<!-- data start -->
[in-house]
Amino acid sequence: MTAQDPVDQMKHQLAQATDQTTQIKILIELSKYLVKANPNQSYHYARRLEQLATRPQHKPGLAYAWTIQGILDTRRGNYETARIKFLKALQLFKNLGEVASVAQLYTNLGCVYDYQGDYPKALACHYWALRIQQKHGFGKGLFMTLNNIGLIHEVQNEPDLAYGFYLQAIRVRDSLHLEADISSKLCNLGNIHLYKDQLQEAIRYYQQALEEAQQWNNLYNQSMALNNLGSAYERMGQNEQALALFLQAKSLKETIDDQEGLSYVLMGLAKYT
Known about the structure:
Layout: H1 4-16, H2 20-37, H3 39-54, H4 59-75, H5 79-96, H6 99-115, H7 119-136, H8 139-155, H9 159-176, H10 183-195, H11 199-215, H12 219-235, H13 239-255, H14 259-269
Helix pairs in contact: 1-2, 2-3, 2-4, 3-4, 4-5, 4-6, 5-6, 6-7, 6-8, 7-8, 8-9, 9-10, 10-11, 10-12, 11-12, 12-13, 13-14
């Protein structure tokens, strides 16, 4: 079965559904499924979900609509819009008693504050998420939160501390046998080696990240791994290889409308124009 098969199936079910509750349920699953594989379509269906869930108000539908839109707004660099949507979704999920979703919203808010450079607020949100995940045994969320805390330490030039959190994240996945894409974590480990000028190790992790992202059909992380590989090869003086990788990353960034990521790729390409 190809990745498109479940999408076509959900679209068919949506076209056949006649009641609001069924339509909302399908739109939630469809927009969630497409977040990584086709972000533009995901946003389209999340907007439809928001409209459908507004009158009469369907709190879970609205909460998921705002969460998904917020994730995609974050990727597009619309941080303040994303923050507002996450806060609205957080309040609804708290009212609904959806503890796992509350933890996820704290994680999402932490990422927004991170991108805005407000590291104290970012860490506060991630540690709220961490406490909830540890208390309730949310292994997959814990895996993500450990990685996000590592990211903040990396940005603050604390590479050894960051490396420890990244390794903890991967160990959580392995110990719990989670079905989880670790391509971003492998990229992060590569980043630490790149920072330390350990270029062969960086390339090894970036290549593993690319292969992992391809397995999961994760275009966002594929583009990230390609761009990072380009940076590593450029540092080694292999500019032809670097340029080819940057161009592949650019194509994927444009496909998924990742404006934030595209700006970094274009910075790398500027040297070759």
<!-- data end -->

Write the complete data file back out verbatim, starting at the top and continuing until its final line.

[in-house]
Amino acid sequence: MTAQDPVDQMKHQLAQATDQTTQIKILIELSKYLVKANPNQSYHYARRLEQLATRPQHKPGLAYAWTIQGILDTRRGNYETARIKFLKALQLFKNLGEVASVAQLYTNLGCVYDYQGDYPKALACHYWALRIQQKHGFGKGLFMTLNNIGLIHEVQNEPDLAYGFYLQAIRVRDSLHLEADISSKLCNLGNIHLYKDQLQEAIRYYQQALEEAQQWNNLYNQSMALNNLGSAYERMGQNEQALALFLQAKSLKETIDDQEGLSYVLMGLAKYT
Known about the structure:
Layout: H1 4-16, H2 20-37, H3 39-54, H4 59-75, H5 79-96, H6 99-115, H7 119-136, H8 139-155, H9 159-176, H10 183-195, H11 199-215, H12 219-235, H13 239-255, H14 259-269
Helix pairs in contact: 1-2, 2-3, 2-4, 3-4, 4-5, 4-6, 5-6, 6-7, 6-8, 7-8, 8-9, 9-10, 10-11, 10-12, 11-12, 12-13, 13-14
């Protein structure tokens, strides 16, 4: 079965559904499924979900609509819009008693504050998420939160501390046998080696990240791994290889409308124009 098969199936079910509750349920699953594989379509269906869930108000539908839109707004660099949507979704999920979703919203808010450079607020949100995940045994969320805390330490030039959190994240996945894409974590480990000028190790992790992202059909992380590989090869003086990788990353960034990521790729390409 190809990745498109479940999408076509959900679209068919949506076209056949006649009641609001069924339509909302399908739109939630469809927009969630497409977040990584086709972000533009995901946003389209999340907007439809928001409209459908507004009158009469369907709190879970609205909460998921705002969460998904917020994730995609974050990727597009619309941080303040994303923050507002996450806060609205957080309040609804708290009212609904959806503890796992509350933890996820704290994680999402932490990422927004991170991108805005407000590291104290970012860490506060991630540690709220961490406490909830540890208390309730949310292994997959814990895996993500450990990685996000590592990211903040990396940005603050604390590479050894960051490396420890990244390794903890991967160990959580392995110990719990989670079905989880670790391509971003492998990229992060590569980043630490790149920072330390350990270029062969960086390339090894970036290549593993690319292969992992391809397995999961994760275009966002594929583009990230390609761009990072380009940076590593450029540092080694292999500019032809670097340029080819940057161009592949650019194509994927444009496909998924990742404006934030595209700006970094274009910075790398500027040297070759």